Yes. Donna and I will be going to the NYC Women’s March on January 21, a satellite of the “big one” in Washington, D.C. Right now, neither Donna nor I can handle the logistics of a 5 A.M. bus trip down to Washington, the cold, figuring out where to pee, finding a place to warm up, get something to eat, and finding someone to walk and feed Gracie while we are away. We can, however, roll out of bed and get to Dag Hammarskjold Plaza by 11AM. If it is too cold, if Donna gets too tired, if we need to find a bathroom, or if we have to drop out of the march, we will manage to find our way safely home by public transportation. In time for dinner.
I looked at the web site for the Women’s March on Washington (and the satellite marches in 200 other cities) to double-check that it was clearly open to all regardless of gender and gender identity. It is, but there is no list of demands, or issues, except for a mission statement which condemns the hateful rhetoric of the election, and reminds us that “women’s rights are human rights” and that “we will not rest until women have parity and equity at all levels of leadership in society”.
Nothing about the right-wing attack on reproductive rights, abortion, and health care. Nothing about voting rights, poverty, and mass incarceration. Nothing about rape culture, misogyny, homophobia, or transphobia. Nothing to scare anyone away. Nothing for anyone to disagree with.
I have a complicated relationship to some traditional “women’s issues”. I never wanted to have a family (marriage or children). I was never attracted to men, or dated a man, or slept with a man, tried to get birth control, or tried to get pregnant. I was never afraid of getting pregnant or needing an abortion. While I was, and still am, afraid of getting mugged or bashed by men – I was not consciously afraid of being raped. I haven’t been groped on the subway or cat-called since I was in high school. This puts me in a very small minority; almost all of my friends actively use or used contraception, have kids, and/or had abortions (legal and illegal).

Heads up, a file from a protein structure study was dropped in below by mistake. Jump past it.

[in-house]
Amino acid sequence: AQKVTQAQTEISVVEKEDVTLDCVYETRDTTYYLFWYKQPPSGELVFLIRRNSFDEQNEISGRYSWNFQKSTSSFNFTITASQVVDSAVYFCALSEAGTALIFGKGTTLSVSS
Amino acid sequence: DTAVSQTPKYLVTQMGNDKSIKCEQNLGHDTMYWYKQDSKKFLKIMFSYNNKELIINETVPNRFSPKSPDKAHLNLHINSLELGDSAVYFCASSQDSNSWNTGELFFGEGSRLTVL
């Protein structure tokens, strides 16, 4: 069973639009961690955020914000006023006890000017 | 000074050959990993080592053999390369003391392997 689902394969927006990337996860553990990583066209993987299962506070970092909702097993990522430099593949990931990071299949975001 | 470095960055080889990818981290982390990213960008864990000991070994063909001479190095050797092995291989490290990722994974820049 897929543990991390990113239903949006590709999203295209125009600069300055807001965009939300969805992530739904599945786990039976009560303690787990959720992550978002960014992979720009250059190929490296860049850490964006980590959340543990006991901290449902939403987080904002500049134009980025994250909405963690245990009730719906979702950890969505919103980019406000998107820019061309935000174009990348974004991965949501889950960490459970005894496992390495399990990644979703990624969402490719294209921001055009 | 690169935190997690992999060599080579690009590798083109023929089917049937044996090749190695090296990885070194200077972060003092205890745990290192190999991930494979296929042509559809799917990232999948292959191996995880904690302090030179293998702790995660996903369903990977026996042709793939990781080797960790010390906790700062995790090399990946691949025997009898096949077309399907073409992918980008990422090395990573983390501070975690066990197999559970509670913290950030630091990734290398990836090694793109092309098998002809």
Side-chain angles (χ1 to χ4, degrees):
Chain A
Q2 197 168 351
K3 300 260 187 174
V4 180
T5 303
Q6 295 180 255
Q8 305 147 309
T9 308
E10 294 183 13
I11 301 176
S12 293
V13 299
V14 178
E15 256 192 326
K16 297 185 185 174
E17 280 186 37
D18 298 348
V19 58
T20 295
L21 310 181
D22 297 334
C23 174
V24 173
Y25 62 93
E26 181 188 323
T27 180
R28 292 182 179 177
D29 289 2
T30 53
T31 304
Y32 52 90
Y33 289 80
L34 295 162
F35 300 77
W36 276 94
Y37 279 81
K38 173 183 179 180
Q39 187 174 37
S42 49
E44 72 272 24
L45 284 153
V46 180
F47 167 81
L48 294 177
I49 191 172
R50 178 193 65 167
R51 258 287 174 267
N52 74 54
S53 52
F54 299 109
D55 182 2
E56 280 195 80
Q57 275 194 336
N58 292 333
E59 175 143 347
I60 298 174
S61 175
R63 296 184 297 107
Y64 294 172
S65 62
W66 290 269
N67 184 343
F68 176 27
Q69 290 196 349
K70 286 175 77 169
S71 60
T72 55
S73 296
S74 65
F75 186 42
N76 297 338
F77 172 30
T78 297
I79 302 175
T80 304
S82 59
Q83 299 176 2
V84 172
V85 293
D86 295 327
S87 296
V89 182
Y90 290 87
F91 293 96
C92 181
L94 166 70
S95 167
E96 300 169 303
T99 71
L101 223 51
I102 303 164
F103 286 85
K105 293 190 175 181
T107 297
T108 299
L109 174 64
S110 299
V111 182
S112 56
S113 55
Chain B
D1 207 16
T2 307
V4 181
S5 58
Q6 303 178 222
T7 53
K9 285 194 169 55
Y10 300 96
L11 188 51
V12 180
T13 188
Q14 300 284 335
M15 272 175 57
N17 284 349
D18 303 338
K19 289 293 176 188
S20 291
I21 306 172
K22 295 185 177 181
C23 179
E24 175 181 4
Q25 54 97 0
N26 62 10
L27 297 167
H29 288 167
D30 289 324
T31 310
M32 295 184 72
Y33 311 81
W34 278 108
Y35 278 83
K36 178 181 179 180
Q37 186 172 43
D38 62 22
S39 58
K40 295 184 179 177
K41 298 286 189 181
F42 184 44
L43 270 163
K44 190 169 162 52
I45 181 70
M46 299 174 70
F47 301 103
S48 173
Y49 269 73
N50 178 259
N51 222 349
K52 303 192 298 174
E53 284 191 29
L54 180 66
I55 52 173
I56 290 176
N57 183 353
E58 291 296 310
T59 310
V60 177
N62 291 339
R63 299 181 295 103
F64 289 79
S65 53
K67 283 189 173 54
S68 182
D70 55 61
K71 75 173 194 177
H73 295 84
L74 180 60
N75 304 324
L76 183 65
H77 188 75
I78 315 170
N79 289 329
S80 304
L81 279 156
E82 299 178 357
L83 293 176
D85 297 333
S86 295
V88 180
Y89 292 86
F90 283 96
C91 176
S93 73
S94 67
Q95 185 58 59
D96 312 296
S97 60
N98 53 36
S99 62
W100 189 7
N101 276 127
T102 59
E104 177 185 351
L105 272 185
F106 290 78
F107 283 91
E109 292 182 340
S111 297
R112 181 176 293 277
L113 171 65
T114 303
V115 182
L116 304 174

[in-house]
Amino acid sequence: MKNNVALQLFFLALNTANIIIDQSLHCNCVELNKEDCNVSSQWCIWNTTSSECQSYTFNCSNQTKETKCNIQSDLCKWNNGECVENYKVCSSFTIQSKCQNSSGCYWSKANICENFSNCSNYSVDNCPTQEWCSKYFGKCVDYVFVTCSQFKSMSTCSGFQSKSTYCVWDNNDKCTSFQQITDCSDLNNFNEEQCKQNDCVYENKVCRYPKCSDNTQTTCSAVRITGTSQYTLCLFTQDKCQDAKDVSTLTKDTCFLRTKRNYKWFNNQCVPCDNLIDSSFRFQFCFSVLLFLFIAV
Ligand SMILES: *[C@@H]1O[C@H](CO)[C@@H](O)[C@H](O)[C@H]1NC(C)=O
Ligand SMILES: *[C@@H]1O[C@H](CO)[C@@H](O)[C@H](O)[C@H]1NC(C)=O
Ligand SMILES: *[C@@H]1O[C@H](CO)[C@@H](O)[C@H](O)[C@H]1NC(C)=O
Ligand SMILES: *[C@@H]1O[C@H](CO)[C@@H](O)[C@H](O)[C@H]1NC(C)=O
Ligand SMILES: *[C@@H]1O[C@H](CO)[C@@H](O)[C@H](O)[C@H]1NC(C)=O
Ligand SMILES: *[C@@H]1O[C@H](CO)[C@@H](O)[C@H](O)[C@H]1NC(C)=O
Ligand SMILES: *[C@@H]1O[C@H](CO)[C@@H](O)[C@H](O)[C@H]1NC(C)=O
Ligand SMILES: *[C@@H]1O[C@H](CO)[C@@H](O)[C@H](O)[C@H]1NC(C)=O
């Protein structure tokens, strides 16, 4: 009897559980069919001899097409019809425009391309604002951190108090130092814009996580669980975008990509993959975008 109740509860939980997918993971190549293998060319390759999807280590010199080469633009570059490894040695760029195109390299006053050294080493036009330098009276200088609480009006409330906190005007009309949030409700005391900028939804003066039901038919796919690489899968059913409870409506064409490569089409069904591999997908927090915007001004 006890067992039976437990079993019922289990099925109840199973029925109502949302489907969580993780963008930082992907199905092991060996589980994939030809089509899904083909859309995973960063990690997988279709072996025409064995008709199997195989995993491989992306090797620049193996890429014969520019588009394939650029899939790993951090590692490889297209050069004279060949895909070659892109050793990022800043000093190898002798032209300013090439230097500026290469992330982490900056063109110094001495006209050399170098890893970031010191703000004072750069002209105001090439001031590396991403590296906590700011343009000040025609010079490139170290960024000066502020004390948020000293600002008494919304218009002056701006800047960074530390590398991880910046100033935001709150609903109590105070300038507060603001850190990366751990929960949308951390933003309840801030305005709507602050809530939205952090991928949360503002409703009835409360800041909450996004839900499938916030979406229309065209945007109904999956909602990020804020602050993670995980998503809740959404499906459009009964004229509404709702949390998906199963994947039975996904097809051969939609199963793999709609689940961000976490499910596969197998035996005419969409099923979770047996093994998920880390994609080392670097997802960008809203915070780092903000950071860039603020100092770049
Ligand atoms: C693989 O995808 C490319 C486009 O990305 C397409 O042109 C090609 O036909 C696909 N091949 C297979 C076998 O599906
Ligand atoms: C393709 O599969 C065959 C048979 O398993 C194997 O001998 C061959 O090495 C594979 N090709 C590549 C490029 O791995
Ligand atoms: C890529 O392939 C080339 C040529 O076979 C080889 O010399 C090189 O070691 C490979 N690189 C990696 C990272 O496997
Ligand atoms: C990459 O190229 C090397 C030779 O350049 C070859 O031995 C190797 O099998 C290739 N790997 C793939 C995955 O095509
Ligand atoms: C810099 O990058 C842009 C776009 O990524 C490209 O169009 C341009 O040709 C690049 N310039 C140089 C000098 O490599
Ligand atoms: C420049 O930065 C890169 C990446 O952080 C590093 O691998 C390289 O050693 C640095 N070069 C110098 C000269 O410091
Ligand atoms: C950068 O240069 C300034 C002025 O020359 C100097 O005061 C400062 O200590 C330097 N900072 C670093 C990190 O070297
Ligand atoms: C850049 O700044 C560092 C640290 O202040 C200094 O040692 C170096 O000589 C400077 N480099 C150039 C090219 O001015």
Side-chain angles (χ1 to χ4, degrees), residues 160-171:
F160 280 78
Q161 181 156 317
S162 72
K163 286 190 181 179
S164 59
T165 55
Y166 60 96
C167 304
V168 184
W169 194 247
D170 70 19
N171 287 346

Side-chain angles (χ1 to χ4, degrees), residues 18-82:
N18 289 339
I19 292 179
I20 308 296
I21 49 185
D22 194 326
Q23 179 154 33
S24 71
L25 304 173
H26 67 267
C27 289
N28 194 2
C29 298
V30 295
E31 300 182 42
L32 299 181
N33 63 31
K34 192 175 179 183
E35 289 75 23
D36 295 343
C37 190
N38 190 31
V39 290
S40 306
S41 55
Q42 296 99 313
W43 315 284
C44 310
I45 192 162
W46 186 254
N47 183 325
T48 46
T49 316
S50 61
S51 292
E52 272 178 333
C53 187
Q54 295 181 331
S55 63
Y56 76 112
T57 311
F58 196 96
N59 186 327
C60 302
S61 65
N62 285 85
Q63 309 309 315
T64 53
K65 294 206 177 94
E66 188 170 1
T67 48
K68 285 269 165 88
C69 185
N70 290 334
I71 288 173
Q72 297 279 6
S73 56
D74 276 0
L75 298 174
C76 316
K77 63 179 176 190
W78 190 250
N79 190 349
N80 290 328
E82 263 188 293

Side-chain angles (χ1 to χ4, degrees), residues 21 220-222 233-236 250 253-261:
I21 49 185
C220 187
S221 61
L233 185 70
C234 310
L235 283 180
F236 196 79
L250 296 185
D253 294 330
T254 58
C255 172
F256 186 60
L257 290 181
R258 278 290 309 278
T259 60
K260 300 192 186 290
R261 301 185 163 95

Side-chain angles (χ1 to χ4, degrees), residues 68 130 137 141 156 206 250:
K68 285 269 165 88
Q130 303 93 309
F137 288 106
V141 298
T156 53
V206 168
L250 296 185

I never related to mainstream images of women, and never tried to match my gender expression or presentation to society’s expectations. I never tried to please men (or women), to flirt with men, or to act subserviently. As a result, I am often mocked, ignored, excluded, talked over, dismissed (middle age and gray hair), and condescended to.
On a daily basis, what irks me about being “treated like a woman” is the rudeness. The times that men interrupt me while I am in the middle of a sentence, correct me when I am already right, ostentatiously check their email while I speak, or restate what I said as if I hadn’t already said it and as if it is their original idea. The idea that I am somehow not as smart, as valuable, as original, or as thoughtful as someone who was born male. I don’t want to be reduced to the F on my birth certificate, the (ever decreasing) estrogen in my system, or my uterus (which was surgically removed). I am more than my legal gender, hormones, and body parts. This is universal.
While I do not identify as female (I’ll take queer, butch, transmasculine, trans, and/or non-binary), I am often treated like one, and I like it about as much as everyone else, does. I’ll be joining them on the march, objecting to mansplaining, misogyny, Mike Pence, and Donald Trump.
Notes: Rebecca Solnit is the author of “Men Explain Things To Me”, a great essay about what it is like to be a woman, a researcher, and a writer. It is the best article on mansplaining. Her original essay is reprinted here in Guernica magazine with a new introduction. Sometimes I feel like cisgender people explain things to me, and it is just as pleasant.